Preserflo Microshunt for Glaucoma
Glaucoma is the leading cause of blindness and is a condition caused by raised pressure in the eye. The raised pressure damages the optic nerve leading to vision loss. The problem with glaucoma is it can go unnoticed for a long time as you may not know you have it until your vision starts to suffer as there are no early warning signs.
Eye drops and surgery to control the pressure can help to reduce the pressure but cannot restore vision that is already lost, however treatments can prevent and slow any further damage to the eye and optic nerve.
What is Preserflo?
A Preserflo microshunt is a tiny tube which is inserted into the eye to help lower pressure and reduce the need to use eye drops or medication. The shunt is made of a synthetic material which is non-reactive and biocompatible called SIBS. It is not metallic so will not be affected by airport scanners, MRI machines or CT scanners.
The Preserflo whilst it will not cure glaucoma, it will reduce the eye pressure and prevent any further damage to the optic nerve and further vision loss.
How does Preserflo work?
Glaucoma is caused by a build up of pressure in the eye which is due to a blockage of the eye’s natural drainage system which means that more fluid remains in the eye than drains out, increasing pressure. This pressure causes damage to the optic nerve and therefore vision. The Preserflo surgery, like traditional glaucoma surgery, recreates a drainage pathway for the fluid to leave the eye. However, Preserflo is a minimally invasive option.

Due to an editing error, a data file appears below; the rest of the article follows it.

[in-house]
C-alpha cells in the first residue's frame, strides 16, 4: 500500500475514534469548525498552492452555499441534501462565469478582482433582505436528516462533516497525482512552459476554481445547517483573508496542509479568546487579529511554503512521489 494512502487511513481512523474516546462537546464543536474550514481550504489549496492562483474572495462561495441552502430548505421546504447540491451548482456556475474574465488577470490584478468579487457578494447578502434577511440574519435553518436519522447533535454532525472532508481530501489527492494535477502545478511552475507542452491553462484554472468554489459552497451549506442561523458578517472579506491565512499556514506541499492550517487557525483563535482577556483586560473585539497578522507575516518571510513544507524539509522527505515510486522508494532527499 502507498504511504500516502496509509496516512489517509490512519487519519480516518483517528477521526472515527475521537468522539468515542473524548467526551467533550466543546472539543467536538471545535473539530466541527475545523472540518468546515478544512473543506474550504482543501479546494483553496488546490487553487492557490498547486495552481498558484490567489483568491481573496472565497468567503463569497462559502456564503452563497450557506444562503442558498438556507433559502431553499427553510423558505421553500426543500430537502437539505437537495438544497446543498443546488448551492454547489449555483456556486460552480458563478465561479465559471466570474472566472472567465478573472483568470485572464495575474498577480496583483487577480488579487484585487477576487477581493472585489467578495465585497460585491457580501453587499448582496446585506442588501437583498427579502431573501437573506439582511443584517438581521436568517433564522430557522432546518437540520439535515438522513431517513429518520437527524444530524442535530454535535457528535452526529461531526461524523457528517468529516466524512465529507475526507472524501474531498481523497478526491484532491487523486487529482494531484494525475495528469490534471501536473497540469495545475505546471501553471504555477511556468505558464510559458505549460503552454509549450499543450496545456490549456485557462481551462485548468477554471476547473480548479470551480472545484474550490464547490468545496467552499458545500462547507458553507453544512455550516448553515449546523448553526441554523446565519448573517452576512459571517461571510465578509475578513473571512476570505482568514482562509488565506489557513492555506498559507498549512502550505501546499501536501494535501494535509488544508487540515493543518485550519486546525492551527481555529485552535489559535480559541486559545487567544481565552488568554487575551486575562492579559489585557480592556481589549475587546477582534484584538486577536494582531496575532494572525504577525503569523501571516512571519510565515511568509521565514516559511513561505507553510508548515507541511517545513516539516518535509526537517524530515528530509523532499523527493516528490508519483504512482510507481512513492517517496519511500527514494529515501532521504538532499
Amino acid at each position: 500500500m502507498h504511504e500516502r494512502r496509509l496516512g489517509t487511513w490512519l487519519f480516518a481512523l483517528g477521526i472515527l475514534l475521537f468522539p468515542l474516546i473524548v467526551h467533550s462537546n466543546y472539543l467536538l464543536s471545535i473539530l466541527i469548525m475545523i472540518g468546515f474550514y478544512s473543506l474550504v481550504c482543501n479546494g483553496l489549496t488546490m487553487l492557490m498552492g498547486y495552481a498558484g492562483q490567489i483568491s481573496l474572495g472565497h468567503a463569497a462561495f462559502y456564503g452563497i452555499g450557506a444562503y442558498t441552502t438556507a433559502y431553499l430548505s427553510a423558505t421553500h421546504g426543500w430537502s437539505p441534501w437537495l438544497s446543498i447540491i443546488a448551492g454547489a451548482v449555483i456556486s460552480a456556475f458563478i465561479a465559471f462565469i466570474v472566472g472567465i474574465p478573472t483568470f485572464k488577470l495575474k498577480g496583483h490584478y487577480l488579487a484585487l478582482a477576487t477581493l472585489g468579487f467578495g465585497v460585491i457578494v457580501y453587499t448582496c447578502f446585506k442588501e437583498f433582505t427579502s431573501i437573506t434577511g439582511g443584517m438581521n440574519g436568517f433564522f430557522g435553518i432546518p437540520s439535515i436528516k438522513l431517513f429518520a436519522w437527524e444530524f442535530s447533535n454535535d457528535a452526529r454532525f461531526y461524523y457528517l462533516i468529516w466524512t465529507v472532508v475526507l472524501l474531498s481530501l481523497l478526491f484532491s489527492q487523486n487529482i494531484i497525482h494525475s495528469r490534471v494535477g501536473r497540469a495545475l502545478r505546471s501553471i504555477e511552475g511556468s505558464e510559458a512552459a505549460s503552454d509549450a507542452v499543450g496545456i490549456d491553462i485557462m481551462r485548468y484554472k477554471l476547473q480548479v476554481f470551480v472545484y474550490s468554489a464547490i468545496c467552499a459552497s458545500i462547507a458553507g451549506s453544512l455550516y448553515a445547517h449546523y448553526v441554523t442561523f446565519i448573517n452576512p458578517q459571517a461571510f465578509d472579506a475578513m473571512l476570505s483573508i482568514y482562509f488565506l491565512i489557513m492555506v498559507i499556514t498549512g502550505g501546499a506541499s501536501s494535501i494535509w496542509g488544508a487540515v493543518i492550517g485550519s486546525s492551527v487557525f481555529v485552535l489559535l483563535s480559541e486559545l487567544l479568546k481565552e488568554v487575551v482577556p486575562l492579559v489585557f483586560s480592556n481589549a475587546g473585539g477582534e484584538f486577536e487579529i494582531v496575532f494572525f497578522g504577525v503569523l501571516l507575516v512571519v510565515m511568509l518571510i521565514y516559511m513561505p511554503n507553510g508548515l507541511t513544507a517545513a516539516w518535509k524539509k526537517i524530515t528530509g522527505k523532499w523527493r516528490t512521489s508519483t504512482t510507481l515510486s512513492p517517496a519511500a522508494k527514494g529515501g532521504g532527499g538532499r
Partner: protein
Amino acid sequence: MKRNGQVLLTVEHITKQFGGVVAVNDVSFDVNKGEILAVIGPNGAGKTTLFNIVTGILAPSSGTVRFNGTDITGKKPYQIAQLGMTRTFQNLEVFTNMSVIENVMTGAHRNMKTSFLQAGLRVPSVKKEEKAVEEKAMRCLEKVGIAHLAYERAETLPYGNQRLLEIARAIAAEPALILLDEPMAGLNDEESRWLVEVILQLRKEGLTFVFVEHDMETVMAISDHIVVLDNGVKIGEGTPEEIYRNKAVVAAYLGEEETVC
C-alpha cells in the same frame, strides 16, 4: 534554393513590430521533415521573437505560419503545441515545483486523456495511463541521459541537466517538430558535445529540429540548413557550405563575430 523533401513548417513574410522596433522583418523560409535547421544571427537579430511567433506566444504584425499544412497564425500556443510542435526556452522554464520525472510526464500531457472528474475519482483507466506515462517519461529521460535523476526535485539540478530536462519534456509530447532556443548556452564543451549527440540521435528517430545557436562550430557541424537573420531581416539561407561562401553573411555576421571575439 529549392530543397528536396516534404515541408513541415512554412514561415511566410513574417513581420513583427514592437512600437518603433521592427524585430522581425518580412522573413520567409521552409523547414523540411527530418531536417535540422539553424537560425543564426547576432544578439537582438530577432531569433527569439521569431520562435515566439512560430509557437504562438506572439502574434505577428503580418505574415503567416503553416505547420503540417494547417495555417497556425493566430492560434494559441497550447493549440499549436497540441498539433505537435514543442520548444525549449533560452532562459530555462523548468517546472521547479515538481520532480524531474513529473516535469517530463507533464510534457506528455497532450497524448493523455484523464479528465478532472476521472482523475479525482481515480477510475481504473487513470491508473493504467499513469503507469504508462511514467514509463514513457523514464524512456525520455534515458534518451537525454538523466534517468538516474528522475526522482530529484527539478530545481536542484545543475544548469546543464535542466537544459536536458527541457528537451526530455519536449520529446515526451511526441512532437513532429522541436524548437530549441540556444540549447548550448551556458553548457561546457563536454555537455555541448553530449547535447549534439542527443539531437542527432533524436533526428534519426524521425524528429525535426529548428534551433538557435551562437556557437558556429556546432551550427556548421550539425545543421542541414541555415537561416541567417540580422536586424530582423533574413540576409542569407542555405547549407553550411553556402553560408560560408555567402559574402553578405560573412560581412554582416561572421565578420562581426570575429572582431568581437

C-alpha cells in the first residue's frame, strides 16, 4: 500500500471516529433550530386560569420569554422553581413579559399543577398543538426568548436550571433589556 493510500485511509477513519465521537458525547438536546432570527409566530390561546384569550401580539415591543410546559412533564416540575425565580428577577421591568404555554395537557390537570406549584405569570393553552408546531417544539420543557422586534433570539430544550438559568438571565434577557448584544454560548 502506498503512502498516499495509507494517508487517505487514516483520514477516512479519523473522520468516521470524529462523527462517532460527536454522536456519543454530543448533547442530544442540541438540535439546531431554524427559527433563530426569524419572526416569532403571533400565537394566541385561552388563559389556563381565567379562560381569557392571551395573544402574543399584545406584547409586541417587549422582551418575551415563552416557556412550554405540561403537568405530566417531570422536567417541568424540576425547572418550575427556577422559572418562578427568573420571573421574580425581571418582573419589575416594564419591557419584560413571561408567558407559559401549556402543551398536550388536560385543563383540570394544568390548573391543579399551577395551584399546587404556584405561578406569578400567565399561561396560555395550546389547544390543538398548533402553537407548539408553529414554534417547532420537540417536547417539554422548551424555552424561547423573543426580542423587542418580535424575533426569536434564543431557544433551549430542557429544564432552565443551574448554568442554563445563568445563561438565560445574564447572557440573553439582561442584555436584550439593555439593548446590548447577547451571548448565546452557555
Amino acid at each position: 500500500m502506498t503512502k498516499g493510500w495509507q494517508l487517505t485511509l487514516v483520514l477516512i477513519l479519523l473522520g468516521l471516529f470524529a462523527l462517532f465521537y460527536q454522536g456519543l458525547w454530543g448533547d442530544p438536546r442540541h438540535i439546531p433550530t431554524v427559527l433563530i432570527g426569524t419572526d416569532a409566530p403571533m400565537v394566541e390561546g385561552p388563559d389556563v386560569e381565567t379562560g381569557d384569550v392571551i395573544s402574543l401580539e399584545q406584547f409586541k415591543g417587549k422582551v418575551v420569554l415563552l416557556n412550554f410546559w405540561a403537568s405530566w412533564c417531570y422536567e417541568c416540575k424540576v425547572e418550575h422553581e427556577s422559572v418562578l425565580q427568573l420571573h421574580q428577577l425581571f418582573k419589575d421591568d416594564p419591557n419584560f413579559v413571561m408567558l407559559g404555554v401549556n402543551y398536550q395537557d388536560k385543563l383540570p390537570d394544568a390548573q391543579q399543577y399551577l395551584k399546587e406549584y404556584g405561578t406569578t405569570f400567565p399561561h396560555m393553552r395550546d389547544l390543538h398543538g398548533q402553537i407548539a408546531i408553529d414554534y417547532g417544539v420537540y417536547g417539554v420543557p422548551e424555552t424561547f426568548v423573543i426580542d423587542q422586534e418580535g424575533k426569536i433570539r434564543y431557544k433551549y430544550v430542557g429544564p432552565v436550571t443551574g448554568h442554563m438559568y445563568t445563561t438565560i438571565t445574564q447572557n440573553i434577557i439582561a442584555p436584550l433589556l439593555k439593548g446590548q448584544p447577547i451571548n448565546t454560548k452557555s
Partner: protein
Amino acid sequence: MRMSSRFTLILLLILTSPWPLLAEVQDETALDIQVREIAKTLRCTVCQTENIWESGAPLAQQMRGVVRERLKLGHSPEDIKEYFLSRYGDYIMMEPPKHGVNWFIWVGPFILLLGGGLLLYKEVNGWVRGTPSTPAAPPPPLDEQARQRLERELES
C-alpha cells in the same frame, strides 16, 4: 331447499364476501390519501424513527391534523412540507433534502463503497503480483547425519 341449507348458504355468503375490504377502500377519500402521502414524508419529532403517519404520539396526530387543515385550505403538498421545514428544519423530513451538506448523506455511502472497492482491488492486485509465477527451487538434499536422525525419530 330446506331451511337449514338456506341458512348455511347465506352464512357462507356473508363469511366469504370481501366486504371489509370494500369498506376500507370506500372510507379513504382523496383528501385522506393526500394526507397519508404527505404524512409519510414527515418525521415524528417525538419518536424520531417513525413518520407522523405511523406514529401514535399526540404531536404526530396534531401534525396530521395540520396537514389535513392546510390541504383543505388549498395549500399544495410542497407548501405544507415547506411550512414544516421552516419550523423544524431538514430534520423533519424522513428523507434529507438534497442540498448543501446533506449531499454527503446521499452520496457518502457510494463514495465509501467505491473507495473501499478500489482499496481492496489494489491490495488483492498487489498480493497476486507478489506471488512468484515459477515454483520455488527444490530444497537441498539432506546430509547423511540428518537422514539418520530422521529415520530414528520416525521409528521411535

Preserflo may be offered to you if you have been using pressure-lowering eye drops or tried laser (or are not suitable for laser) and these are no longer working for you.
During the procedure
During the procedure your eye will be numb so you will not be able to feel anything but you will be awake. The surgeon will then insert the tiny micro tube into your eye through a minute incision. The whole procedure should take no longer than 30-40 minutes.
Following the procedure you can return home within a couple of hours but won’t be able to drive straight away. Your surgeon will give you some healing eye drops to use.
We recommend avoiding rubbing or pressing on the eye after surgery. Your surgeon will advise when you are able to drive again but reading, watching TV and computer use is fine after the procedure. It is safe to fly post-procedure but be mindful that your surgeon will want to see you a couple of times after surgery to check your progress. Make sure you wear goggles if swimming whilst the eye heals.
This article is intended to inform and give insight but not treat, diagnose or replace the advice of a doctor. Always seek medical advice with any questions regarding a medical condition.